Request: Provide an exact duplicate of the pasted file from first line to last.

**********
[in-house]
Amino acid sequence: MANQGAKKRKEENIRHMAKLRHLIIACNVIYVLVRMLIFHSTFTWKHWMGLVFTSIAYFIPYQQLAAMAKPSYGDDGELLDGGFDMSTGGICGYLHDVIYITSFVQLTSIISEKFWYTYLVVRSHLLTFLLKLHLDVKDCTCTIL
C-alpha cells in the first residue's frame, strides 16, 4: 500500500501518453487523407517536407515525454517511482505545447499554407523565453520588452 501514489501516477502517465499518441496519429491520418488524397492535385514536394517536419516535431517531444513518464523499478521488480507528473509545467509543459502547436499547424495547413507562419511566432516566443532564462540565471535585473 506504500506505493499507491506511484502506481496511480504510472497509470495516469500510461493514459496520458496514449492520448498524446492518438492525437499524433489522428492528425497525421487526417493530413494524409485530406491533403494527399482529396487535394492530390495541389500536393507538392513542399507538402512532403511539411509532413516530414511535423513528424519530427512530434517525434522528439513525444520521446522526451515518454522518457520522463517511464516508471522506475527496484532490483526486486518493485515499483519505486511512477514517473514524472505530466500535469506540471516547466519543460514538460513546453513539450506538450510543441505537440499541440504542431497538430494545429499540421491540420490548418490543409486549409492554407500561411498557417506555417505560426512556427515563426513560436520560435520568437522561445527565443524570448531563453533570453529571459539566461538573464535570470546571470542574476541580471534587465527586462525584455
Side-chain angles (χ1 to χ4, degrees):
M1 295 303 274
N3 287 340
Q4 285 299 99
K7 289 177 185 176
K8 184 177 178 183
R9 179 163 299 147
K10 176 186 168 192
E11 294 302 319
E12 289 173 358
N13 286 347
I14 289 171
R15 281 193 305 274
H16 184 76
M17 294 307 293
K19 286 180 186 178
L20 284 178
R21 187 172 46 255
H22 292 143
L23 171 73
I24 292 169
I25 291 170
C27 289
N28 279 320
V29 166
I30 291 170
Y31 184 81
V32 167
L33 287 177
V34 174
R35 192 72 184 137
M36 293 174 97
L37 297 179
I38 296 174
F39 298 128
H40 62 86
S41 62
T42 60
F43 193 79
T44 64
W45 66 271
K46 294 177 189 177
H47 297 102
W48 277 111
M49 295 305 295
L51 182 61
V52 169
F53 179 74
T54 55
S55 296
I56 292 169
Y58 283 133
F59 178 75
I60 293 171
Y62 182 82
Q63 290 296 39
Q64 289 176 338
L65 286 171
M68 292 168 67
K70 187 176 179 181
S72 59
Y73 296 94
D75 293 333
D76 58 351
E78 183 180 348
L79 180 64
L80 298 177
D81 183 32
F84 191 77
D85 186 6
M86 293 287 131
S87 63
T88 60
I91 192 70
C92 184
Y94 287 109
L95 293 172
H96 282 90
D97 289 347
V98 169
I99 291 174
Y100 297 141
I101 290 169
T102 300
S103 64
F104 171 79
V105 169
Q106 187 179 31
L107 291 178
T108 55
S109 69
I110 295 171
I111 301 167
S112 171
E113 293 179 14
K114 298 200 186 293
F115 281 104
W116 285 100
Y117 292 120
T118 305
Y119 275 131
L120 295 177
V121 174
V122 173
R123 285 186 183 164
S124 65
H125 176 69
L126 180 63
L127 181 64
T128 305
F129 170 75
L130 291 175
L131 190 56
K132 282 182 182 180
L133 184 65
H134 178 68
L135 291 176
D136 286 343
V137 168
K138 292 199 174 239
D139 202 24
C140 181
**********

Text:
[in-house]
Amino acid sequence: MANQGAKKRKEENIRHMAKLRHLIIACNVIYVLVRMLIFHSTFTWKHWMGLVFTSIAYFIPYQQLAAMAKPSYGDDGELLDGGFDMSTGGICGYLHDVIYITSFVQLTSIISEKFWYTYLVVRSHLLTFLLKLHLDVKDCTCTIL
C-alpha cells in the first residue's frame, strides 16, 4: 500500500501518453487523407517536407515525454517511482505545447499554407523565453520588452 501514489501516477502517465499518441496519429491520418488524397492535385514536394517536419516535431517531444513518464523499478521488480507528473509545467509543459502547436499547424495547413507562419511566432516566443532564462540565471535585473 506504500506505493499507491506511484502506481496511480504510472497509470495516469500510461493514459496520458496514449492520448498524446492518438492525437499524433489522428492528425497525421487526417493530413494524409485530406491533403494527399482529396487535394492530390495541389500536393507538392513542399507538402512532403511539411509532413516530414511535423513528424519530427512530434517525434522528439513525444520521446522526451515518454522518457520522463517511464516508471522506475527496484532490483526486486518493485515499483519505486511512477514517473514524472505530466500535469506540471516547466519543460514538460513546453513539450506538450510543441505537440499541440504542431497538430494545429499540421491540420490548418490543409486549409492554407500561411498557417506555417505560426512556427515563426513560436520560435520568437522561445527565443524570448531563453533570453529571459539566461538573464535570470546571470542574476541580471534587465527586462525584455
Side-chain angles (χ1 to χ4, degrees):
M1 295 303 274
N3 287 340
Q4 285 299 99
K7 289 177 185 176
K8 184 177 178 183
R9 179 163 299 147
K10 176 186 168 192
E11 294 302 319
E12 289 173 358
N13 286 347
I14 289 171
R15 281 193 305 274
H16 184 76
M17 294 307 293
K19 286 180 186 178
L20 284 178
R21 187 172 46 255
H22 292 143
L23 171 73
I24 292 169
I25 291 170
C27 289
N28 279 320
V29 166
I30 291 170
Y31 184 81
V32 167
L33 287 177
V34 174
R35 192 72 184 137
M36 293 174 97
L37 297 179
I38 296 174
F39 298 128
H40 62 86
S41 62
T42 60
F43 193 79
T44 64
W45 66 271
K46 294 177 189 177
H47 297 102
W48 277 111
M49 295 305 295
L51 182 61
V52 169
F53 179 74
T54 55
S55 296
I56 292 169
Y58 283 133
F59 178 75
I60 293 171
Y62 182 82
Q63 290 296 39
Q64 289 176 338
L65 286 171
M68 292 168 67
K70 187 176 179 181
S72 59
Y73 296 94
D75 293 333
D76 58 351
E78 183 180 348
L79 180 64
L80 298 177
D81 183 32
F84 191 77
D85 186 6
M86 293 287 131
S87 63
T88 60
I91 192 70
C92 184
Y94 287 109
L95 293 172
H96 282 90
D97 289 347
V98 169
I99 291 174
Y100 297 141
I101 290 169
T102 300
S103 64
F104 171 79
V105 169
Q106 187 179 31
L107 291 178
T108 55
S109 69
I110 295 171
I111 301 167
S112 171
E113 293 179 14
K114 298 200 186 293
F115 281 104
W116 285 100
Y117 292 120
T118 305
Y119 275 131
L120 295 177
V121 174
V122 173
R123 285 186 183 164
S124 65
H125 176 69
L126 180 63
L127 181 64
T128 305
F129 170 75
L130 291 175
L131 190 56
K132 282 182 182 180
L133 184 65
H134 178 68
L135 291 176
D136 286 343
V137 168
K138 292 199 174 239
D139 202 24
C140 181